Thursday, August 23, 2012

Getting better

Things are getting better is a regular refrain around here.  Not that everything is perfect, of course, as I certainly subscribe to the theories that everything sucks and people especially suck (even more so than you would expect of something that is part of everything) but it is hard to deny how much better and safer life is now than it was in the past.  Recently I have been reading a book by Stephen Pinker called The Better Angels of Our Nature:  Why Violence Has Declined that talks all about this topic.

I have a bit of a dilemma.  On one hand I want to call this a feel good book that tries and succeeds at convincing the reader that the world is a wonderful place.  On the other hand it is really hard coming from a life with modern sensibilities to read graphic accounts of just how awful things were for humanity for nearly all of history.  Whether it be medieval torture methods, rape, or infanticide Pinker pulls no punches.

It's not just that we try to rehabilitate criminals these days instead of simply imprisoning them; it is that tormenting criminals to death used to be a fun public activity for the whole family.  Did you steal something and end up imprisoned in the stocks?  Mobs are likely to show up and torture and mutilate you to death just for entertainment.  The difference between how people act now and how they acted a century ago are incredible; go back five centuries and it is hard to recognize humanity at all.

This book isn't just a list of statistics about how much less often we murder each other than in times long past (it is a LOT less) but also an examination of why we think murdering each other isn't okay anymore.  The decline of violence has accompanied changes in human attitudes towards violence and Pinker does a fantastic job of explaining not just that things are safer now but also why.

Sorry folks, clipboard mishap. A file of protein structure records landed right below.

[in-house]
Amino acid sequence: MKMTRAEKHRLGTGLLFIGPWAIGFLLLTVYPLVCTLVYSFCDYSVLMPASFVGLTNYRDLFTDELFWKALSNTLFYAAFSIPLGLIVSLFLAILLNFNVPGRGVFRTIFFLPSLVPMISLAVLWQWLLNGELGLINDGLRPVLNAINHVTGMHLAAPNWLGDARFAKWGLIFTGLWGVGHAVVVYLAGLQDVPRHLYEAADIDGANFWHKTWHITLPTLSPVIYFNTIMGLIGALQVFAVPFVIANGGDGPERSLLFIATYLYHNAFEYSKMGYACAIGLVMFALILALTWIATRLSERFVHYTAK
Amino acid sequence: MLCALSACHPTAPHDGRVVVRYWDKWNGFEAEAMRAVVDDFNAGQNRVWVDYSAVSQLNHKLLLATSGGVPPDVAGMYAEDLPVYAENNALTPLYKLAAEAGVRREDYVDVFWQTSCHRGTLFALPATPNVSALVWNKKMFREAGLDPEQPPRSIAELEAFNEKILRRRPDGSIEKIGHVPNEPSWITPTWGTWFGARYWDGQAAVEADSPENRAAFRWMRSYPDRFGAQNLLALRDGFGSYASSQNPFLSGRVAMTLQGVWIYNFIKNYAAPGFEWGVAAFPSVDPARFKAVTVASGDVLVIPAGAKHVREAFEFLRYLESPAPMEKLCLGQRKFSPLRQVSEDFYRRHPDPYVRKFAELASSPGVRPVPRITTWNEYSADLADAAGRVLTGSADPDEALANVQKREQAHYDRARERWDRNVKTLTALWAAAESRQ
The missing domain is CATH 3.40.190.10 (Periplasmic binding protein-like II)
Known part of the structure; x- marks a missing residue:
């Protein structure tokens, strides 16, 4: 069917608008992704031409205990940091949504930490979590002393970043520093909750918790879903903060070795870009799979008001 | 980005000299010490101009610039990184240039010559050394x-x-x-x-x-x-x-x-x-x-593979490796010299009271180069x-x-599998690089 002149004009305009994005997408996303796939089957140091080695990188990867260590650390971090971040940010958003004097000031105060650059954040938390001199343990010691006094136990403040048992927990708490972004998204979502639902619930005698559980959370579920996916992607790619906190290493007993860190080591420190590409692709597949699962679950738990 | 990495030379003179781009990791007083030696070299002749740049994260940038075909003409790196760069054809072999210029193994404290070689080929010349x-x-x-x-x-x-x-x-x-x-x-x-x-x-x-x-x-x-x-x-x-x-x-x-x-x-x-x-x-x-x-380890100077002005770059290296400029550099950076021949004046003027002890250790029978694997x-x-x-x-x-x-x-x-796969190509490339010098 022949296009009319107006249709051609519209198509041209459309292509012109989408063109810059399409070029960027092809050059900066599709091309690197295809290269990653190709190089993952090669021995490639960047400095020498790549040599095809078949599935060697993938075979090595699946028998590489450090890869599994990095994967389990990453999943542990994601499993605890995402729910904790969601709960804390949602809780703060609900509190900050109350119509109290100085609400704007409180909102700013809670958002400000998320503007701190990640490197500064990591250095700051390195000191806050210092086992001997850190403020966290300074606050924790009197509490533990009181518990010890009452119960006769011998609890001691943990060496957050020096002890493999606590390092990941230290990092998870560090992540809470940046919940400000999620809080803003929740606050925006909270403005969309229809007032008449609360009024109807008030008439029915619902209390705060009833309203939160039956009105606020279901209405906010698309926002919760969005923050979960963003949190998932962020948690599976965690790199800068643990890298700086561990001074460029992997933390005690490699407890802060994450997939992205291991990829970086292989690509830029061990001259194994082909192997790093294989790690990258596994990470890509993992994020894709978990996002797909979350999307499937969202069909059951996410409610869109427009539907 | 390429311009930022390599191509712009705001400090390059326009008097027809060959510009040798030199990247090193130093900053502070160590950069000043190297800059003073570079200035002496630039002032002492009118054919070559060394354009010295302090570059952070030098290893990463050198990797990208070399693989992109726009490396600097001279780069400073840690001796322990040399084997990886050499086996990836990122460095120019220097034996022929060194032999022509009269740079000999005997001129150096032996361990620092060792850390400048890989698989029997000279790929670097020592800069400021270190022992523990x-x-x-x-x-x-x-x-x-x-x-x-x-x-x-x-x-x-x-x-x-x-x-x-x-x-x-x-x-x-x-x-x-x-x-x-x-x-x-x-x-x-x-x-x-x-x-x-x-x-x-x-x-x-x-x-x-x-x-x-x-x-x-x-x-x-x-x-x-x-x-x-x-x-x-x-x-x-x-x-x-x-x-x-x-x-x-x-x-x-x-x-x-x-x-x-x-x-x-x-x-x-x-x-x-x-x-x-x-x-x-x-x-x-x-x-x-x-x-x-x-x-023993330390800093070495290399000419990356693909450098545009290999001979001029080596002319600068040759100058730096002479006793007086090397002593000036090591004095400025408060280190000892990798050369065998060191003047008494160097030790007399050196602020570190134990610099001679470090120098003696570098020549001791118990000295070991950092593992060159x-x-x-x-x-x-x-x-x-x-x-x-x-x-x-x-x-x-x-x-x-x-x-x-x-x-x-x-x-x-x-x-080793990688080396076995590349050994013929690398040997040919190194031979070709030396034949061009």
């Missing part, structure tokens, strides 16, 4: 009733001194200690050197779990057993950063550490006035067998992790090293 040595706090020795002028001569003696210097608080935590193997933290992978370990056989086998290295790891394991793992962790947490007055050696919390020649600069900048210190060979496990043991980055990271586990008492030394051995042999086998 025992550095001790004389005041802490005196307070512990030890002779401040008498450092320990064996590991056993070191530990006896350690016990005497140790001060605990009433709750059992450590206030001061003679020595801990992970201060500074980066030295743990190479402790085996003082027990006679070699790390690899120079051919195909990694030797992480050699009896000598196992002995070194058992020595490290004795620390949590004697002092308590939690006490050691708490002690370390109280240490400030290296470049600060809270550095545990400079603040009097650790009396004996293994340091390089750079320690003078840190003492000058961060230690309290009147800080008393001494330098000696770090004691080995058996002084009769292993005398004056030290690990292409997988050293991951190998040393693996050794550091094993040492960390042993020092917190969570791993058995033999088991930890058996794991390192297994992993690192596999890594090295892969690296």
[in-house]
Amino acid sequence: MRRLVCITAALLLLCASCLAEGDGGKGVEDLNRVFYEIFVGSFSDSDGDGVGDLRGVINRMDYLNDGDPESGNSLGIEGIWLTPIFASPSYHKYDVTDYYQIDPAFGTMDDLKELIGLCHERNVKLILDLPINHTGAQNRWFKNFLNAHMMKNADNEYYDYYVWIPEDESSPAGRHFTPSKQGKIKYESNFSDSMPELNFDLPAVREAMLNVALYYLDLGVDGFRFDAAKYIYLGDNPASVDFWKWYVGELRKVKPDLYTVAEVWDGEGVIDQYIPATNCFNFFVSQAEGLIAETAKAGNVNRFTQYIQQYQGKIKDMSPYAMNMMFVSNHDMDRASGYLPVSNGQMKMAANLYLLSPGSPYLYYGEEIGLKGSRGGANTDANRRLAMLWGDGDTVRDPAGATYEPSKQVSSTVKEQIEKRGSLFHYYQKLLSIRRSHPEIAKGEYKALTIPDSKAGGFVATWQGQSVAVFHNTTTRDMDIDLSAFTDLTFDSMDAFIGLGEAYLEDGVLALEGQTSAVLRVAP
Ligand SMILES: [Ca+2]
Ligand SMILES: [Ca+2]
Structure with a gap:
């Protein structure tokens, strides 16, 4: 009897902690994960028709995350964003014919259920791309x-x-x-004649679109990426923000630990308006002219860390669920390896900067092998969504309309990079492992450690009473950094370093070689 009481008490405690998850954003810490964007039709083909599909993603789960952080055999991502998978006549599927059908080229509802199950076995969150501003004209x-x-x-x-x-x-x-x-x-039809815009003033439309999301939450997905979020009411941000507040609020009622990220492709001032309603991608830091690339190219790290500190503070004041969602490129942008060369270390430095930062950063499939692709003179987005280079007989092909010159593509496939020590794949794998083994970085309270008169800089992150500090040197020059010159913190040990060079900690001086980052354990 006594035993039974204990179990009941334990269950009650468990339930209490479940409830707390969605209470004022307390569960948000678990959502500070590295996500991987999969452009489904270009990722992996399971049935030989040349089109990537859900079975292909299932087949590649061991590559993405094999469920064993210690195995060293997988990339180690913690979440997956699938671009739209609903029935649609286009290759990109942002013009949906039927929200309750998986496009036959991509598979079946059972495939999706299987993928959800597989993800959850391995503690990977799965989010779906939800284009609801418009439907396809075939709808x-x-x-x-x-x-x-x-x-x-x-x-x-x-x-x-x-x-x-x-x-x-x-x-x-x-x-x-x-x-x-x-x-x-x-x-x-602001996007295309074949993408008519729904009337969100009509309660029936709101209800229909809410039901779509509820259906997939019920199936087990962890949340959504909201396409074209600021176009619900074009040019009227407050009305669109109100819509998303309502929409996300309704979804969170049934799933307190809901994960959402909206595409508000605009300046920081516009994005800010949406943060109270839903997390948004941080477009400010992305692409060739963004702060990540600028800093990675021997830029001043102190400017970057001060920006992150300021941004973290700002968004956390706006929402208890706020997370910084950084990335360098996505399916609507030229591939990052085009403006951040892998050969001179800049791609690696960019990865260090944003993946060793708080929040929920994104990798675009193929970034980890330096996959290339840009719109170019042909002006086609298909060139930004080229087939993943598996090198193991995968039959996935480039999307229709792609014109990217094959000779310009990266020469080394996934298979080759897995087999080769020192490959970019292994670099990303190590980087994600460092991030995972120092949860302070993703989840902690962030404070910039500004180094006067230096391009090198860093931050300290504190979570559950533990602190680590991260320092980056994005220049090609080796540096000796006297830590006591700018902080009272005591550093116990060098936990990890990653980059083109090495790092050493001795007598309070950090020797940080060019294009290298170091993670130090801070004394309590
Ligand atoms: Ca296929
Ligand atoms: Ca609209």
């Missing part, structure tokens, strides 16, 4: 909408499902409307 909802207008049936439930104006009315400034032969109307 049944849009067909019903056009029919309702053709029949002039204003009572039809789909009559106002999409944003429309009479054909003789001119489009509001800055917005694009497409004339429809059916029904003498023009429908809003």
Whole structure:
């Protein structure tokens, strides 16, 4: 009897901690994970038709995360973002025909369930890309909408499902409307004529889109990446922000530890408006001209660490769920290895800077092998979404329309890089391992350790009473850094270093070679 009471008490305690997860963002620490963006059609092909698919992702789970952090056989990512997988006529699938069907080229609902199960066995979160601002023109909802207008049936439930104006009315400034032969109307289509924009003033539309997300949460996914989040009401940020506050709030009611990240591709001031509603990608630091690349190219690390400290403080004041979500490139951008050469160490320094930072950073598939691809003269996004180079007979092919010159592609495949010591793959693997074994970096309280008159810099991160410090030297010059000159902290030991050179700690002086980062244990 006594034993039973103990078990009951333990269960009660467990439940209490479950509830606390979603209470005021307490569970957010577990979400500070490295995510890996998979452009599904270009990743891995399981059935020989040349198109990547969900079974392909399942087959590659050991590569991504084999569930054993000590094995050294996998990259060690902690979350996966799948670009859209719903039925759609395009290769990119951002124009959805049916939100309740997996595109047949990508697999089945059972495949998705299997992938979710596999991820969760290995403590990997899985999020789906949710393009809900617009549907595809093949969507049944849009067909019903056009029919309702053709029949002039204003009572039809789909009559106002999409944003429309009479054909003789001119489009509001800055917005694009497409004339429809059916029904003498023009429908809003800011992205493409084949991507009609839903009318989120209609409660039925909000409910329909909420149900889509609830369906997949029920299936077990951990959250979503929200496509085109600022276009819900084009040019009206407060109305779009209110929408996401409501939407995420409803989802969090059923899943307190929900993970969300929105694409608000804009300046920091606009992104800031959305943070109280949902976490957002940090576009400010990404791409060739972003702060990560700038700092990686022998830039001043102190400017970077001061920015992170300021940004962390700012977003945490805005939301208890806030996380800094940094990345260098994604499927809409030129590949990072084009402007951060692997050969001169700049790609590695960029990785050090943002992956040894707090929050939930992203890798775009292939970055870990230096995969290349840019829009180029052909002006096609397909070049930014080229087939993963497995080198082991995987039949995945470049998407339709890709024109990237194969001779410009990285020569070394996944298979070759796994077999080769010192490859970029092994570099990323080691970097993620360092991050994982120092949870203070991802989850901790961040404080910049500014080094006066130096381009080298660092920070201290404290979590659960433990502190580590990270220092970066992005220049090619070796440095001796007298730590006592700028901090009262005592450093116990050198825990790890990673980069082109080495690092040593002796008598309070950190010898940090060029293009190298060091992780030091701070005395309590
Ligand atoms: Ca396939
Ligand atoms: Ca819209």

The thing that I find most remarkable about this book is that Pinker is extremely thorough about admitting what we know for sure, what is reasonable to assume and what he thinks is true without proof.  The book has lots of graphs and data but often, especially when dealing with events far in the past, it is extremely difficult to be sure what the numbers really are.  Lots of books out there draw conclusions from nothing or use flimsy statistical justifications for their beliefs but Pinker is willing to admit it when he is just making his best guess.  I respect that a lot and it lends a huge amount of credibility when he does say that something is certainly true.

I also very much like Pinker's treatment of religion.  Obviously plenty of violence has been done in the name of religion in the past but much of it we can't realistically blame on religion since it was more culture vs. culture than anything else.  It is true though that religion can exacerbate violence in two specific ways that are really interesting.  In particular it can make ending wars extremely difficult because the enemies are not just jerks but are also heathens and heretics which makes peace negotiation unacceptable.  This made ending wars much more difficult and caused much additional suffering.  The other major effect of religion was basing morality around souls rather than people.  This belief gives people an excuse for utterly horrific treatment of others on the basis that protecting their souls justifies any treatment of their bodies.  The idea that suffering and death are totally secondary to other goals warps morality and gave rise all kinds of terrible abuses.

I really recommend this book.  It is long and dense so you won't get through it quickly but I very much approve of the message.  Violence will never vanish completely but it is very much on the wane and we can and should continue to work to reinforce that trend.

Picture from wikipedia:

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